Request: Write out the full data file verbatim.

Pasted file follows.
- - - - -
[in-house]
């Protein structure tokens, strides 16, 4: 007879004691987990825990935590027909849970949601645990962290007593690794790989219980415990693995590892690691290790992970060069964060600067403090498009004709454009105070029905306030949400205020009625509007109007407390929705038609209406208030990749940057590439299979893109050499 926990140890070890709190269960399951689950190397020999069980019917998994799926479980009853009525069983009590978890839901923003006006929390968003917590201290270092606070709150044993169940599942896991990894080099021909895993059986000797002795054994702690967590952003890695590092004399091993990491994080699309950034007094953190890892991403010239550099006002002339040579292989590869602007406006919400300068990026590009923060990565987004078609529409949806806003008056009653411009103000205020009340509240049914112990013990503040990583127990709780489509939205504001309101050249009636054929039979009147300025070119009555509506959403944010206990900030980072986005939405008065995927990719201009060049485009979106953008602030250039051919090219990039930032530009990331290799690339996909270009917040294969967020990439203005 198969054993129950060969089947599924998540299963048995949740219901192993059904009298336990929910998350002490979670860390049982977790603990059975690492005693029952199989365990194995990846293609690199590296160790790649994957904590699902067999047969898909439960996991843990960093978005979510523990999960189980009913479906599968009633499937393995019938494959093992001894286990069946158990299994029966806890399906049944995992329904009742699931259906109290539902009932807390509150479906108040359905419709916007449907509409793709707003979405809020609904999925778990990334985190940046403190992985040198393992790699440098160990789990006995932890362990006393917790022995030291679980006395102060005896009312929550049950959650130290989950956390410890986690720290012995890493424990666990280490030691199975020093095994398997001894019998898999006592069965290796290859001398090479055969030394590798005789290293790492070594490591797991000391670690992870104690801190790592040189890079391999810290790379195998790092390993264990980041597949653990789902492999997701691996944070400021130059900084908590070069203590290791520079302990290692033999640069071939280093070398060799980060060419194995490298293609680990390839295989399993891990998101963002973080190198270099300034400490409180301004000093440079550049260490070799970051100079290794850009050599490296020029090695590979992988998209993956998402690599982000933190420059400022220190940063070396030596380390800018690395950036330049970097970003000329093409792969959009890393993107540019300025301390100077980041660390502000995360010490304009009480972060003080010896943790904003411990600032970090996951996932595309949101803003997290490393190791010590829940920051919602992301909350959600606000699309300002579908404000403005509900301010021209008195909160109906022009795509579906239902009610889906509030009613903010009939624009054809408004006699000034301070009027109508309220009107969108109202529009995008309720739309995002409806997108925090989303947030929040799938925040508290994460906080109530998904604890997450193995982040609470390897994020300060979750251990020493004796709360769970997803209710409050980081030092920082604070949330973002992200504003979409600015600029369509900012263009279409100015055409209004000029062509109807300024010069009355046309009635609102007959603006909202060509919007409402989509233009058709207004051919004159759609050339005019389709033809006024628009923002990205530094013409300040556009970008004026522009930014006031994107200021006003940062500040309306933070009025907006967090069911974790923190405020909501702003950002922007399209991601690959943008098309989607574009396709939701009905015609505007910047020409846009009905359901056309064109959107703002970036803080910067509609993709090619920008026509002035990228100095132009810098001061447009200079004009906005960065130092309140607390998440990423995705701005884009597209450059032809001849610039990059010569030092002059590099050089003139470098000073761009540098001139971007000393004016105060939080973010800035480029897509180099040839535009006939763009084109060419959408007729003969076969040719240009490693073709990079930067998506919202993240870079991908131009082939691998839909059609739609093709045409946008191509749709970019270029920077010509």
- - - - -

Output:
[in-house]
């Protein structure tokens, strides 16, 4: 007879004691987990825990935590027909849970949601645990962290007593690794790989219980415990693995590892690691290790992970060069964060600067403090498009004709454009105070029905306030949400205020009625509007109007407390929705038609209406208030990749940057590439299979893109050499 926990140890070890709190269960399951689950190397020999069980019917998994799926479980009853009525069983009590978890839901923003006006929390968003917590201290270092606070709150044993169940599942896991990894080099021909895993059986000797002795054994702690967590952003890695590092004399091993990491994080699309950034007094953190890892991403010239550099006002002339040579292989590869602007406006919400300068990026590009923060990565987004078609529409949806806003008056009653411009103000205020009340509240049914112990013990503040990583127990709780489509939205504001309101050249009636054929039979009147300025070119009555509506959403944010206990900030980072986005939405008065995927990719201009060049485009979106953008602030250039051919090219990039930032530009990331290799690339996909270009917040294969967020990439203005 198969054993129950060969089947599924998540299963048995949740219901192993059904009298336990929910998350002490979670860390049982977790603990059975690492005693029952199989365990194995990846293609690199590296160790790649994957904590699902067999047969898909439960996991843990960093978005979510523990999960189980009913479906599968009633499937393995019938494959093992001894286990069946158990299994029966806890399906049944995992329904009742699931259906109290539902009932807390509150479906108040359905419709916007449907509409793709707003979405809020609904999925778990990334985190940046403190992985040198393992790699440098160990789990006995932890362990006393917790022995030291679980006395102060005896009312929550049950959650130290989950956390410890986690720290012995890493424990666990280490030691199975020093095994398997001894019998898999006592069965290796290859001398090479055969030394590798005789290293790492070594490591797991000391670690992870104690801190790592040189890079391999810290790379195998790092390993264990980041597949653990789902492999997701691996944070400021130059900084908590070069203590290791520079302990290692033999640069071939280093070398060799980060060419194995490298293609680990390839295989399993891990998101963002973080190198270099300034400490409180301004000093440079550049260490070799970051100079290794850009050599490296020029090695590979992988998209993956998402690599982000933190420059400022220190940063070396030596380390800018690395950036330049970097970003000329093409792969959009890393993107540019300025301390100077980041660390502000995360010490304009009480972060003080010896943790904003411990600032970090996951996932595309949101803003997290490393190791010590829940920051919602992301909350959600606000699309300002579908404000403005509900301010021209008195909160109906022009795509579906239902009610889906509030009613903010009939624009054809408004006699000034301070009027109508309220009107969108109202529009995008309720739309995002409806997108925090989303947030929040799938925040508290994460906080109530998904604890997450193995982040609470390897994020300060979750251990020493004796709360769970997803209710409050980081030092920082604070949330973002992200504003979409600015600029369509900012263009279409100015055409209004000029062509109807300024010069009355046309009635609102007959603006909202060509919007409402989509233009058709207004051919004159759609050339005019389709033809006024628009923002990205530094013409300040556009970008004026522009930014006031994107200021006003940062500040309306933070009025907006967090069911974790923190405020909501702003950002922007399209991601690959943008098309989607574009396709939701009905015609505007910047020409846009009905359901056309064109959107703002970036803080910067509609993709090619920008026509002035990228100095132009810098001061447009200079004009906005960065130092309140607390998440990423995705701005884009597209450059032809001849610039990059010569030092002059590099050089003139470098000073761009540098001139971007000393004016105060939080973010800035480029897509180099040839535009006939763009084109060419959408007729003969076969040719240009490693073709990079930067998506919202993240870079991908131009082939691998839909059609739609093709045409946008191509749709970019270029920077010509």